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Is PDCA Enough?

Submitted By: Dan Chauncey

“The definition of insanity is doing the same thing over and over again and expecting different results.”—ALBERT EINSTEIN

Although plan-do-check-act (PDCA) was developed originally by the father of statistical quality control, Walter A. Shewhart, W. Edwards Deming, who was his student, later went on to develop Total Quality Management (TQM) and became a founding father of management science in his own right. Deming’s application of PDCA (and PDSA) called for managers to hypothesize, develop, and plan improvements; implement and do the improvements, almost as if performing a scientific experiment; checking, studying, and evaluating the outcomes and results; and then acting based on considered analysis to instill the change on a continued basis until it could be improved further. In so doing, Deming applied the principles of scientific management to the aim of perpetually improving organizations.

Supplementing PDCA with FOCUS, Hospital Corporation of America added yet another acronym to the vernacular—find-organize-clarify-understand-select (FOCUS). In the FOCUS-PDCA paradigm, preceding PDCA, FOCUS calls for finding an improvement opportunity, organizing an improvement team, clarifying the current state of the process, understanding the causes for variation in the process, and selecting the improvement.

Is the traditional FOCUS-PDCA sufficient to truly solve today’s healthcare problems and transform the industry? Hospitals have long used Performance Improvement in Healthcare the tools and methodologies of FOCUS-PDCA for performance improvement. Hospital Corporation of America (HCA) adapted Deming’s PDCA and added the FOCUS portion specifically to help hospitals select their most inefficient and troublesome areas for improvement. This methodology was started in the late 1980s and has been expanded across the entire industry over the past 20 years.

The United States has the most costly healthcare system in the world, and its performance ranks poorly in comparison with other countries. Yet FOCUS-PDCA continues to be used by many hospitals as their primary performance-improvement approach. Historically, FOCUS-PDCA has shown some degree of success in improving healthcare processes. Still, most of these successes have been reactive in nature and generally have not improved financial results.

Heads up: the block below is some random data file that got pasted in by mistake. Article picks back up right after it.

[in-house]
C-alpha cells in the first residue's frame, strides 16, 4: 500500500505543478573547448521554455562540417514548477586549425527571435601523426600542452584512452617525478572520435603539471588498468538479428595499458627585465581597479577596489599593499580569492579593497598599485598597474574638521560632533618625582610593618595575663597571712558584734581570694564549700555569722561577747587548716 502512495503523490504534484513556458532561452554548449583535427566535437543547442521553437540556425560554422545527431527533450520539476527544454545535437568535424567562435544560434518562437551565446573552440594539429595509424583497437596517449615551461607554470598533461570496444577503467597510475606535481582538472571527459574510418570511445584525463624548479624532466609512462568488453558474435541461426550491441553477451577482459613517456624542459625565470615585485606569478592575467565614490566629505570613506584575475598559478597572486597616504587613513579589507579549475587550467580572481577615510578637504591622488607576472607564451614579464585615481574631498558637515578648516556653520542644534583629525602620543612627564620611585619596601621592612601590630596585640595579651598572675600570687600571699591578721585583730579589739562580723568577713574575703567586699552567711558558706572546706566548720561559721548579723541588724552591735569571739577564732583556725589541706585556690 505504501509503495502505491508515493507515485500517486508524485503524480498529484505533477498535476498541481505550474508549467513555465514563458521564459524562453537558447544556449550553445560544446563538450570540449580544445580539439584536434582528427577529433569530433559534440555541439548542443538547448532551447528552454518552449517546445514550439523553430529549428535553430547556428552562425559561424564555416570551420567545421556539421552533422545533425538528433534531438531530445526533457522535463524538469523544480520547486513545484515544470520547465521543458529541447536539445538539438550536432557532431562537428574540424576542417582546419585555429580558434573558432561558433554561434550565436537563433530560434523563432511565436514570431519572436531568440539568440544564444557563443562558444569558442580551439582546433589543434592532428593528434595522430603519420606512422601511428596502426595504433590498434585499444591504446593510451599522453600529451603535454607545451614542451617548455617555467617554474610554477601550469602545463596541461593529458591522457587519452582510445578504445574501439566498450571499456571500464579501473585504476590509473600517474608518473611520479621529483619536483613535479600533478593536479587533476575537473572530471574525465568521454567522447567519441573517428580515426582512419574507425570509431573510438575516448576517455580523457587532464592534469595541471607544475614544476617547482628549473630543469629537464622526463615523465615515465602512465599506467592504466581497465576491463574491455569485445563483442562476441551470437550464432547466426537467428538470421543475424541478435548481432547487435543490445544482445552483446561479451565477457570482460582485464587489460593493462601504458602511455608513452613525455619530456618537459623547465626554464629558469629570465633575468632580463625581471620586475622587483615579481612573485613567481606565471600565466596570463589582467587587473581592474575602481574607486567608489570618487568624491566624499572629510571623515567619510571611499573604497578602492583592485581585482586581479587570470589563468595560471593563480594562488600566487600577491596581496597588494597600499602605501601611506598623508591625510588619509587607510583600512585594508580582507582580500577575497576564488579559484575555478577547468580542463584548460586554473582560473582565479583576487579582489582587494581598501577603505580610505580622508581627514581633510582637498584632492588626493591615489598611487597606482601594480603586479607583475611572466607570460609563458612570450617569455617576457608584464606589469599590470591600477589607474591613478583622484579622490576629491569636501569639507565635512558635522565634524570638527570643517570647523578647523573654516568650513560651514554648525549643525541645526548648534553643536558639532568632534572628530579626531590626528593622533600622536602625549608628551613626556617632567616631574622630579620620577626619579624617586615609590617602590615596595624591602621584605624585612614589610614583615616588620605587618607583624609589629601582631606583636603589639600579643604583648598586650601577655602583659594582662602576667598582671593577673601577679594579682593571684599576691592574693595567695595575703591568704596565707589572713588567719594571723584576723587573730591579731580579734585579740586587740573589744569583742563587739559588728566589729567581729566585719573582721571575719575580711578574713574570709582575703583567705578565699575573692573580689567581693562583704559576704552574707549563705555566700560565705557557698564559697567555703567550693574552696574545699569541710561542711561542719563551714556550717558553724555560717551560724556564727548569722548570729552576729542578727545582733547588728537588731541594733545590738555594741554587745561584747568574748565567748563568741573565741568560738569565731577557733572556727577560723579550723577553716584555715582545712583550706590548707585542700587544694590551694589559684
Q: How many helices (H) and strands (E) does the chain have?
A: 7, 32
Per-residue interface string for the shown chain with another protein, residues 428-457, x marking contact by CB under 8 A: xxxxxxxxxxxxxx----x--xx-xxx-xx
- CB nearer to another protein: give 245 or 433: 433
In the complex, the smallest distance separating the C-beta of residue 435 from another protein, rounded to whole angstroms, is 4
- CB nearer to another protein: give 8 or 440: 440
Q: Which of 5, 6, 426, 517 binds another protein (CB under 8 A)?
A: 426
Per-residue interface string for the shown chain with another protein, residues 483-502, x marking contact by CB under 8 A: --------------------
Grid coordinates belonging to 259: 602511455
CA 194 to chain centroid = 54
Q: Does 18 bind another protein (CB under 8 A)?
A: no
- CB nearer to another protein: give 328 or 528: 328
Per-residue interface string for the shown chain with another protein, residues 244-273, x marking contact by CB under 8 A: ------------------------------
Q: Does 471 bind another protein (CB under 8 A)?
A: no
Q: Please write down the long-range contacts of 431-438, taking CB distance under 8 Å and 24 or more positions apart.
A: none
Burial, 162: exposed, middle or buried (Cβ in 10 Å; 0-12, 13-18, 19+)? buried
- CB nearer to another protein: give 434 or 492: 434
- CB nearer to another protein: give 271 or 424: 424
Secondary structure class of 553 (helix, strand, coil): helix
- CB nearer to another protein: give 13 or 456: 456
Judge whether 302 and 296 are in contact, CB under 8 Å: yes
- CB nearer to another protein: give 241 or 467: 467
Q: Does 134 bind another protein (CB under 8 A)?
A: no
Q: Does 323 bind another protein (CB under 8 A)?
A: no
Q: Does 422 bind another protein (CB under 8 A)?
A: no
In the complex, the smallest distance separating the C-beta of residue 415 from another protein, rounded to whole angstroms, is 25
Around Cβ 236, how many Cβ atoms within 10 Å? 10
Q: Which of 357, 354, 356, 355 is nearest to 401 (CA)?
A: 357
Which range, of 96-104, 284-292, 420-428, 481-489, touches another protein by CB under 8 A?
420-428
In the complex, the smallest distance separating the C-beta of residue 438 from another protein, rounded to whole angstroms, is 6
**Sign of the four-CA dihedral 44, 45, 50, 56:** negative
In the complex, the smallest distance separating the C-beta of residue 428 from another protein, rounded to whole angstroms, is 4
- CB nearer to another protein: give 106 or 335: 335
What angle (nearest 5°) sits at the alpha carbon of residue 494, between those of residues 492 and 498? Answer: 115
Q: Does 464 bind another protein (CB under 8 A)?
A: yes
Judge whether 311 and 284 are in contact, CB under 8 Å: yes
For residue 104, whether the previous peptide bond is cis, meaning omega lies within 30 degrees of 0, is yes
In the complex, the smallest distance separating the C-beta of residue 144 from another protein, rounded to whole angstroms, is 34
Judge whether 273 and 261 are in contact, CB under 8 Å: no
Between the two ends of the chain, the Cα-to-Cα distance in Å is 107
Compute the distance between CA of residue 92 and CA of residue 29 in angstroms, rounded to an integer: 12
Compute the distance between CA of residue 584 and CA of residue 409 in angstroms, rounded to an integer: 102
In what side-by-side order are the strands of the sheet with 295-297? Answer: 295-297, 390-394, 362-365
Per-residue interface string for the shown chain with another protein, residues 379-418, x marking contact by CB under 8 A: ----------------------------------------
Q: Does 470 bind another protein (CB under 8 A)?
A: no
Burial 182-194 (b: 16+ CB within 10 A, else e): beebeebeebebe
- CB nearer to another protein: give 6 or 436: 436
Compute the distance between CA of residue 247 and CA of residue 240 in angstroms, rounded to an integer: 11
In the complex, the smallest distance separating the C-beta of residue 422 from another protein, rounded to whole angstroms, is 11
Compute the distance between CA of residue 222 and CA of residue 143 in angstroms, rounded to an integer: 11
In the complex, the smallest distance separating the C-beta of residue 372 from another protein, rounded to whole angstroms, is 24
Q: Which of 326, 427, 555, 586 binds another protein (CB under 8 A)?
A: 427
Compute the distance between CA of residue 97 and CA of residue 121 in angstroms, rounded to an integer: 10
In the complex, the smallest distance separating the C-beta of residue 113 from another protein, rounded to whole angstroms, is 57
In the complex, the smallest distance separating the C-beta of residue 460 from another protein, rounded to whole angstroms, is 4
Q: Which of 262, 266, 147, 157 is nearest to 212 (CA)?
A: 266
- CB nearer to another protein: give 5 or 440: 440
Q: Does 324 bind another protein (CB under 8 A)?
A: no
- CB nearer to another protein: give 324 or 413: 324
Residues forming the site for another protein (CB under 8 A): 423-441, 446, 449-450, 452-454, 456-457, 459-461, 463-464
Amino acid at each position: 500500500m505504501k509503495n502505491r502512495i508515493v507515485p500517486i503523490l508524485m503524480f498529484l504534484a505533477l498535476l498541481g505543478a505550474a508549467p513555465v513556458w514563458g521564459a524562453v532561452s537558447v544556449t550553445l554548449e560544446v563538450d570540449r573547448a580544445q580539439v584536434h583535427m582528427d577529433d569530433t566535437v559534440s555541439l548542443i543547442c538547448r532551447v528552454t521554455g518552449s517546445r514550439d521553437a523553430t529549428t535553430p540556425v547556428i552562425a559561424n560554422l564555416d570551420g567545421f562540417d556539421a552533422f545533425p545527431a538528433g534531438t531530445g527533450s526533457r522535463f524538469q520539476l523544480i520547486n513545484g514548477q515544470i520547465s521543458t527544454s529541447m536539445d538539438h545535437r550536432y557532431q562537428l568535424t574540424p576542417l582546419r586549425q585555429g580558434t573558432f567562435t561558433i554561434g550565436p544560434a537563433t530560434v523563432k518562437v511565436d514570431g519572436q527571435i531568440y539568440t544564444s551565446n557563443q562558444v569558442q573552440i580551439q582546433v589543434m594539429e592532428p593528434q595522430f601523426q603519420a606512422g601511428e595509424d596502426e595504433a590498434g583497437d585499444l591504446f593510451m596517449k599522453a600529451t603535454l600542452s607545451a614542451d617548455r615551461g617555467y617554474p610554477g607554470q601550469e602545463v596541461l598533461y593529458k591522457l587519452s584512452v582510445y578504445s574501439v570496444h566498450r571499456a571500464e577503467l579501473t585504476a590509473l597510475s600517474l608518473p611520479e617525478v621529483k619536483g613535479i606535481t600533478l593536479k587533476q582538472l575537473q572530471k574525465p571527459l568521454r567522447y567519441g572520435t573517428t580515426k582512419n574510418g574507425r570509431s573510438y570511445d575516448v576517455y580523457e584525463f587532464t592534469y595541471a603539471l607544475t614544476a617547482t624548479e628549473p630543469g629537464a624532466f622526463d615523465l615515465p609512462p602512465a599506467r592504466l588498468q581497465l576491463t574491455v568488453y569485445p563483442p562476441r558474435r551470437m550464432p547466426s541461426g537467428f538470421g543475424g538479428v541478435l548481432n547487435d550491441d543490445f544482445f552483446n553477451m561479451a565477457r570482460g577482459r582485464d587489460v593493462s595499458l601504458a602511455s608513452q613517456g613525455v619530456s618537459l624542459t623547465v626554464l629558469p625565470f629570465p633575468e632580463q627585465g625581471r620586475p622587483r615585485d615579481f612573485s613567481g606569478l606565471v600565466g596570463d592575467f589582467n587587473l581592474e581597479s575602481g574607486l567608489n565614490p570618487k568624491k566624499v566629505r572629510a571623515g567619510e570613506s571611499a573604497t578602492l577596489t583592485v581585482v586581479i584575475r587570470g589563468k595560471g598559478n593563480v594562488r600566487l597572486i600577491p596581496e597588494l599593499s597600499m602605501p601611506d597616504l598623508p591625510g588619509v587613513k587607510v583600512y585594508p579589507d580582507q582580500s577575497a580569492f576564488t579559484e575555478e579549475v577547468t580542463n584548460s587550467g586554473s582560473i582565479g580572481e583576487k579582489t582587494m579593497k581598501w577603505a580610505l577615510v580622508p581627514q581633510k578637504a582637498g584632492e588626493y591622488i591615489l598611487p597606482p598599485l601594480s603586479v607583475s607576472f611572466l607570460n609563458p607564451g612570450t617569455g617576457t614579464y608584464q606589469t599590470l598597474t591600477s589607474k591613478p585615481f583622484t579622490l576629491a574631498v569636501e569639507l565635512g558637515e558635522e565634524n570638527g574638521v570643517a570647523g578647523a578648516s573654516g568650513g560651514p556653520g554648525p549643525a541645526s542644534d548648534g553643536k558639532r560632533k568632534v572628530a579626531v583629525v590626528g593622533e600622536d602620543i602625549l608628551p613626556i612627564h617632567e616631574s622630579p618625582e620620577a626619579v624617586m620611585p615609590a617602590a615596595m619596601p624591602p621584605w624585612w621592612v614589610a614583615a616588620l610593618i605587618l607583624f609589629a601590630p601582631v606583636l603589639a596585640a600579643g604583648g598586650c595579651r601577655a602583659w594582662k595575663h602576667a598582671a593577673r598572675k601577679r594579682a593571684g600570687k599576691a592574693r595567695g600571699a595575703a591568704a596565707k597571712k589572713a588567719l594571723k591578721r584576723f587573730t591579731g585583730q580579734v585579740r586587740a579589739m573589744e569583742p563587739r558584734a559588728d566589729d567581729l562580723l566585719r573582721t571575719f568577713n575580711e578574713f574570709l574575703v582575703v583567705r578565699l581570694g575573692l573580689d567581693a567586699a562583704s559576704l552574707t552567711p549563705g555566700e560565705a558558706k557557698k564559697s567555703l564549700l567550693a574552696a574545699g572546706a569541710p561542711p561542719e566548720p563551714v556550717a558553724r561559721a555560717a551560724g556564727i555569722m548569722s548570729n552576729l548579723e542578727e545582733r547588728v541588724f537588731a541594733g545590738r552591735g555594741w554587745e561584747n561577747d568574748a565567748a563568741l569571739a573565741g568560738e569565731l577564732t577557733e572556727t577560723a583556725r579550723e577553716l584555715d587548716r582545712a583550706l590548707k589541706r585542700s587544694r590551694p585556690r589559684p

FOCUS-PDCA does not cultivate the breakthroughs for which an integrated approach to performance improvement is ideally suited. In essence, it is no longer adequate. For example, a nurse in the intensive-care unit (ICU) was concerned about having the tools she needed for her patients, so she began stashing them away. The hoarding of supplies in the ICU was the tipping point in creating supply-chain issues, which correspondingly resulted in even more shortages. This is the type of problem that is not normally addressed by FOCUS-PDCA.

Today’s healthcare processes involve extensively broken or misplaced steps with multiple handoffs, too many decision points, and a host of inadequately managed constraints. If they can be resolved with traditional FOCUS-PDCA, then all is well and good. Typically, however, all is not well. For so many of today’s hospitals, the improvements are often short-lived and require endless rework.

No matter how people try, until the underlying system is fixed, sustained improvement will be impossible. In their article, “Moving Quality to the Top of the Hospital Agenda, ” Byrnes and Fifer state that a quiet revolution is taking place that places quality improvement and overall performance improvement as the link between better outcomes (i.e., patient safety and delivery of care) and lower costs. This revolution includes the allocation of resources for quality programs and the discussion of quality at the operational meetings of executive leadership teams. Successful deployment of performance improvement approaches such as Lean healthcare or Lean Six Sigma for healthcare requires a leadership involvement and a structured approach to proactive project selection.

I think that in 2008, Dr. Geary Rummler, the National President, International Society for Performance Improvement (ISPI), said it best:

“And now there are turf wars between competing process improvement philosophies, methodologies and technologies. Crazy, counterproductive stuff.”

In every industry, but certainly in healthcare, it should be the right tool for the right problem, at the right time! Reactive approaches are not working…healthcare organizations must begin proactively attacking waste and poor quality before it impacts patients or organizational financial viability! I believe that the answer Lean Six Sigma for healthcare combined with Constraints Management to form an integrated approach is proving itself one deployment at a time.

Read more about how modern Performance Improvement methods are working in healthcare in Performance Improvement for Healthcare: Leading Change with Lean, Six Sigma, and Constraints Management available from McGraw-Hill in September 2011.

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